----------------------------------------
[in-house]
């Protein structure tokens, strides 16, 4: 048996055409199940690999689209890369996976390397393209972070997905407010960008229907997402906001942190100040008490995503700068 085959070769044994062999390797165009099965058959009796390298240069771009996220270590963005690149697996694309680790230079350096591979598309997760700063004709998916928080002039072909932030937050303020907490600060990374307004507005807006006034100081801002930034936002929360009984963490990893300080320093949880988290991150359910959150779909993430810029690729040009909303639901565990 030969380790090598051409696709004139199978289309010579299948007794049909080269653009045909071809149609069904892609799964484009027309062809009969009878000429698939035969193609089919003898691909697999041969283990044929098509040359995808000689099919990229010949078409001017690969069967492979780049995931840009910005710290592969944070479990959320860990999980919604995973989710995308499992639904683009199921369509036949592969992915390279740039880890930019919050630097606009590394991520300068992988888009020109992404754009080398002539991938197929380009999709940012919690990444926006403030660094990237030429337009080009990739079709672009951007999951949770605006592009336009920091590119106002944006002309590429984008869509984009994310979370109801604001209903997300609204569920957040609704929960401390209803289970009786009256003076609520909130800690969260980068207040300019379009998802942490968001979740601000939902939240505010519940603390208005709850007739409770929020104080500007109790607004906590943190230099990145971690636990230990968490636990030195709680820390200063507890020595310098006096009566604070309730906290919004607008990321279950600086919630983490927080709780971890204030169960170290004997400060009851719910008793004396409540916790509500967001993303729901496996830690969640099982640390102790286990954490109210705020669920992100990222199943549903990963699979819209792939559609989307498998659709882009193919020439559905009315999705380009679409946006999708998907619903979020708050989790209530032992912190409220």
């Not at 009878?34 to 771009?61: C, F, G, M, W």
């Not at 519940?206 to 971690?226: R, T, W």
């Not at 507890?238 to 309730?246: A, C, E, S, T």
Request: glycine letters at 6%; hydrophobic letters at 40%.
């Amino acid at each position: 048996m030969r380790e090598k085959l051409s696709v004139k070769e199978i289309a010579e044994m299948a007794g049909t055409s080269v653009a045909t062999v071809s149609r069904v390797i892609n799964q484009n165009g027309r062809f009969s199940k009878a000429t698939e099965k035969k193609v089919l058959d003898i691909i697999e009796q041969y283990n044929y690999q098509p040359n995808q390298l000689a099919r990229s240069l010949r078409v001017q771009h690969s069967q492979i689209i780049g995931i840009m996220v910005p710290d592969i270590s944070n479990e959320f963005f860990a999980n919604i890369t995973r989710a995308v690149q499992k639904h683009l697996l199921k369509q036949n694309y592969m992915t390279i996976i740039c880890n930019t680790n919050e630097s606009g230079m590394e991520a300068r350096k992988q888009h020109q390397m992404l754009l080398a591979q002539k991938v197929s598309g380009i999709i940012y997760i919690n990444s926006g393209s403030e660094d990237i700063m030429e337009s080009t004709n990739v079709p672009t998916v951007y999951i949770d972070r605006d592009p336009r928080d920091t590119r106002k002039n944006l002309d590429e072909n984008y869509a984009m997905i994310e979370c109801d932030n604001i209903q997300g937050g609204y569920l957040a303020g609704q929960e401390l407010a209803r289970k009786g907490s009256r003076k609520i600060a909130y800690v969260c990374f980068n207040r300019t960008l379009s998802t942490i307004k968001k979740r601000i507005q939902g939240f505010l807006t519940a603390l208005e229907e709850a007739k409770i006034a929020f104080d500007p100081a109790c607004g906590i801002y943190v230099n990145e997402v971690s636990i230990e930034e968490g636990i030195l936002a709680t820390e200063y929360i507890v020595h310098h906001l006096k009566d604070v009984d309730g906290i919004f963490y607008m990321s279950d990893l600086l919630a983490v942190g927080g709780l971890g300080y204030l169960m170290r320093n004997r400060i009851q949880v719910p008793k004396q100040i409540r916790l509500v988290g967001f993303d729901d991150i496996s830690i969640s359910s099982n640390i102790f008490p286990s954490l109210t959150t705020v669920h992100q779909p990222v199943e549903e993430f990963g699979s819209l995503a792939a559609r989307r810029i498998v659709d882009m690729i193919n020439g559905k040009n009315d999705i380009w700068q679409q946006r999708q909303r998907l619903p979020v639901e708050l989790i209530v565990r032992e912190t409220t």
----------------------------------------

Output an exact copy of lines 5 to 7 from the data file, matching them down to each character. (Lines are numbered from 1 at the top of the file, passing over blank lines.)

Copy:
């Not at 507890?238 to 309730?246: A, C, E, S, T």
Request: glycine letters at 6%; hydrophobic letters at 40%.
């Amino acid at each position: 048996m030969r380790e090598k085959l051409s696709v004139k070769e199978i289309a010579e044994m299948a007794g049909t055409s080269v653009a045909t062999v071809s149609r069904v390797i892609n799964q484009n165009g027309r062809f009969s199940k009878a000429t698939e099965k035969k193609v089919l058959d003898i691909i697999e009796q041969y283990n044929y690999q098509p040359n995808q390298l000689a099919r990229s240069l010949r078409v001017q771009h690969s069967q492979i689209i780049g995931i840009m996220v910005p710290d592969i270590s944070n479990e959320f963005f860990a999980n919604i890369t995973r989710a995308v690149q499992k639904h683009l697996l199921k369509q036949n694309y592969m992915t390279i996976i740039c880890n930019t680790n919050e630097s606009g230079m590394e991520a300068r350096k992988q888009h020109q390397m992404l754009l080398a591979q002539k991938v197929s598309g380009i999709i940012y997760i919690n990444s926006g393209s403030e660094d990237i700063m030429e337009s080009t004709n990739v079709p672009t998916v951007y999951i949770d972070r605006d592009p336009r928080d920091t590119r106002k002039n944006l002309d590429e072909n984008y869509a984009m997905i994310e979370c109801d932030n604001i209903q997300g937050g609204y569920l957040a303020g609704q929960e401390l407010a209803r289970k009786g907490s009256r003076k609520i600060a909130y800690v969260c990374f980068n207040r300019t960008l379009s998802t942490i307004k968001k979740r601000i507005q939902g939240f505010l807006t519940a603390l208005e229907e709850a007739k409770i006034a929020f104080d500007p100081a109790c607004g906590i801002y943190v230099n990145e997402v971690s636990i230990e930034e968490g636990i030195l936002a709680t820390e200063y929360i507890v020595h310098h906001l006096k009566d604070v009984d309730g906290i919004f963490y607008m990321s279950d990893l600086l919630a983490v942190g927080g709780l971890g300080y204030l169960m170290r320093n004997r400060i009851q949880v719910p008793k004396q100040i409540r916790l509500v988290g967001f993303d729901d991150i496996s830690i969640s359910s099982n640390i102790f008490p286990s954490l109210t959150t705020v669920h992100q779909p990222v199943e549903e993430f990963g699979s819209l995503a792939a559609r989307r810029i498998v659709d882009m690729i193919n020439g559905k040009n009315d999705i380009w700068q679409q946006r999708q909303r998907l619903p979020v639901e708050l989790i209530v565990r032992e912190t409220t």